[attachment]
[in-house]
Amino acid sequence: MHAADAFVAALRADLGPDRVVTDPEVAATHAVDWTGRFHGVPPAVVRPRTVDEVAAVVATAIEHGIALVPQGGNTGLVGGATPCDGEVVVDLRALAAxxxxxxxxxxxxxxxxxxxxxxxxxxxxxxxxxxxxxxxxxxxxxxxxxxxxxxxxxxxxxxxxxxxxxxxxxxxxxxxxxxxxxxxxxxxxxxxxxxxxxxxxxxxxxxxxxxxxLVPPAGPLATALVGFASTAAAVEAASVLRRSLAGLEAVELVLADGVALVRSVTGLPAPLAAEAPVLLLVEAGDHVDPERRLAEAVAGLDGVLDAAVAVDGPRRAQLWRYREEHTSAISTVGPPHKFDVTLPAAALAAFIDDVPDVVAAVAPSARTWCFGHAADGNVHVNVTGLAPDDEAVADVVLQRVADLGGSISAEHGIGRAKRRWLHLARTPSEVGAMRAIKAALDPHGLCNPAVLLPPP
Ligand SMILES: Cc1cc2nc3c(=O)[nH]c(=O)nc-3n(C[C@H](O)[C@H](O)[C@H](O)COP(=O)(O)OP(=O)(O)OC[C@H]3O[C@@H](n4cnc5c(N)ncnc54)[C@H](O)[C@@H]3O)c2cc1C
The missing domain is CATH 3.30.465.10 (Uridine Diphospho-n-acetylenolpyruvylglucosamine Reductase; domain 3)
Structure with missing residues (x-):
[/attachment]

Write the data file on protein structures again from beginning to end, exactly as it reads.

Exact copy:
[in-house]
Amino acid sequence: MHAADAFVAALRADLGPDRVVTDPEVAATHAVDWTGRFHGVPPAVVRPRTVDEVAAVVATAIEHGIALVPQGGNTGLVGGATPCDGEVVVDLRALAAxxxxxxxxxxxxxxxxxxxxxxxxxxxxxxxxxxxxxxxxxxxxxxxxxxxxxxxxxxxxxxxxxxxxxxxxxxxxxxxxxxxxxxxxxxxxxxxxxxxxxxxxxxxxxxxxxxxxLVPPAGPLATALVGFASTAAAVEAASVLRRSLAGLEAVELVLADGVALVRSVTGLPAPLAAEAPVLLLVEAGDHVDPERRLAEAVAGLDGVLDAAVAVDGPRRAQLWRYREEHTSAISTVGPPHKFDVTLPAAALAAFIDDVPDVVAAVAPSARTWCFGHAADGNVHVNVTGLAPDDEAVADVVLQRVADLGGSISAEHGIGRAKRRWLHLARTPSEVGAMRAIKAALDPHGLCNPAVLLPPP
Ligand SMILES: Cc1cc2nc3c(=O)[nH]c(=O)nc-3n(C[C@H](O)[C@H](O)[C@H](O)COP(=O)(O)OP(=O)(O)OC[C@H]3O[C@@H](n4cnc5c(N)ncnc54)[C@H](O)[C@@H]3O)c2cc1C
The missing domain is CATH 3.30.465.10 (Uridine Diphospho-n-acetylenolpyruvylglucosamine Reductase; domain 3)
Structure with missing residues (x-):